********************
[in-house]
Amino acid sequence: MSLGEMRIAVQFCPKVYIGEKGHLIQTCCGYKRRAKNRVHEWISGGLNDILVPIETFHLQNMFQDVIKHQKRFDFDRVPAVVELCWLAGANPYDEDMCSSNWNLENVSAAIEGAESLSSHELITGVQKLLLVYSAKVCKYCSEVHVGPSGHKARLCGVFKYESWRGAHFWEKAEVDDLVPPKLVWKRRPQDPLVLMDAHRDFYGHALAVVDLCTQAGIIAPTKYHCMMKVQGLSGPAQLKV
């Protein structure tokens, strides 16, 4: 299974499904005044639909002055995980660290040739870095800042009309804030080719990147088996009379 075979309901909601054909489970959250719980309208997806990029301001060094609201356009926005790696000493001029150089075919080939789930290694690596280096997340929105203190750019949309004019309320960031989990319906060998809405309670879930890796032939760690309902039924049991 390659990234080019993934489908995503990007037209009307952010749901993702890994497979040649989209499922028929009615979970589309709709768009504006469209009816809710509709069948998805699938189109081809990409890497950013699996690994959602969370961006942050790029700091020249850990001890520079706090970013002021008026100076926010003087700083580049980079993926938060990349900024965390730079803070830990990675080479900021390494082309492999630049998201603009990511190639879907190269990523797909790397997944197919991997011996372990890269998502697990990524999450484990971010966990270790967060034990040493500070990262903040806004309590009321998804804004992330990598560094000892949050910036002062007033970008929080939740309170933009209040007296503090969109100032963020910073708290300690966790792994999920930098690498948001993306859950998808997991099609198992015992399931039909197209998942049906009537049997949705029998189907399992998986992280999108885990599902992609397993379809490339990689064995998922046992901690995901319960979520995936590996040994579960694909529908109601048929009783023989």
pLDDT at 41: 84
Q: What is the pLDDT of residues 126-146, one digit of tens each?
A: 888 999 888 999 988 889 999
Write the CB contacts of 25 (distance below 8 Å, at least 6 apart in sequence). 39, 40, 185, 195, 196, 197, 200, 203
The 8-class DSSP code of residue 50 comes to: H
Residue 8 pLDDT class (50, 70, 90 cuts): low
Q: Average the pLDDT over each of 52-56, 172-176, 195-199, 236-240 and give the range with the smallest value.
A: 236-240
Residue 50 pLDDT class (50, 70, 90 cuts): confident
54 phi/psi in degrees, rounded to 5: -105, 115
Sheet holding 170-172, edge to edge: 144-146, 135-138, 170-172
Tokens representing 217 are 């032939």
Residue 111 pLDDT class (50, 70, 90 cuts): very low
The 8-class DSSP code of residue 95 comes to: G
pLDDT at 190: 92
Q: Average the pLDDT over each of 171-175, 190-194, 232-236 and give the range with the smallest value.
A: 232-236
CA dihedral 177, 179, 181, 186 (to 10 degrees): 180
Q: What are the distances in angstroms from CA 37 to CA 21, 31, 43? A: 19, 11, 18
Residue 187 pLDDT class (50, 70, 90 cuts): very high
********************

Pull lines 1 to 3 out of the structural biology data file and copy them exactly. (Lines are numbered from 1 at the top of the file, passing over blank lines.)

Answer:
[in-house]
Amino acid sequence: MSLGEMRIAVQFCPKVYIGEKGHLIQTCCGYKRRAKNRVHEWISGGLNDILVPIETFHLQNMFQDVIKHQKRFDFDRVPAVVELCWLAGANPYDEDMCSSNWNLENVSAAIEGAESLSSHELITGVQKLLLVYSAKVCKYCSEVHVGPSGHKARLCGVFKYESWRGAHFWEKAEVDDLVPPKLVWKRRPQDPLVLMDAHRDFYGHALAVVDLCTQAGIIAPTKYHCMMKVQGLSGPAQLKV
């Protein structure tokens, strides 16, 4: 299974499904005044639909002055995980660290040739870095800042009309804030080719990147088996009379 075979309901909601054909489970959250719980309208997806990029301001060094609201356009926005790696000493001029150089075919080939789930290694690596280096997340929105203190750019949309004019309320960031989990319906060998809405309670879930890796032939760690309902039924049991 390659990234080019993934489908995503990007037209009307952010749901993702890994497979040649989209499922028929009615979970589309709709768009504006469209009816809710509709069948998805699938189109081809990409890497950013699996690994959602969370961006942050790029700091020249850990001890520079706090970013002021008026100076926010003087700083580049980079993926938060990349900024965390730079803070830990990675080479900021390494082309492999630049998201603009990511190639879907190269990523797909790397997944197919991997011996372990890269998502697990990524999450484990971010966990270790967060034990040493500070990262903040806004309590009321998804804004992330990598560094000892949050910036002062007033970008929080939740309170933009209040007296503090969109100032963020910073708290300690966790792994999920930098690498948001993306859950998808997991099609198992015992399931039909197209998942049906009537049997949705029998189907399992998986992280999108885990599902992609397993379809490339990689064995998922046992901690995901319960979520995936590996040994579960694909529908109601048929009783023989």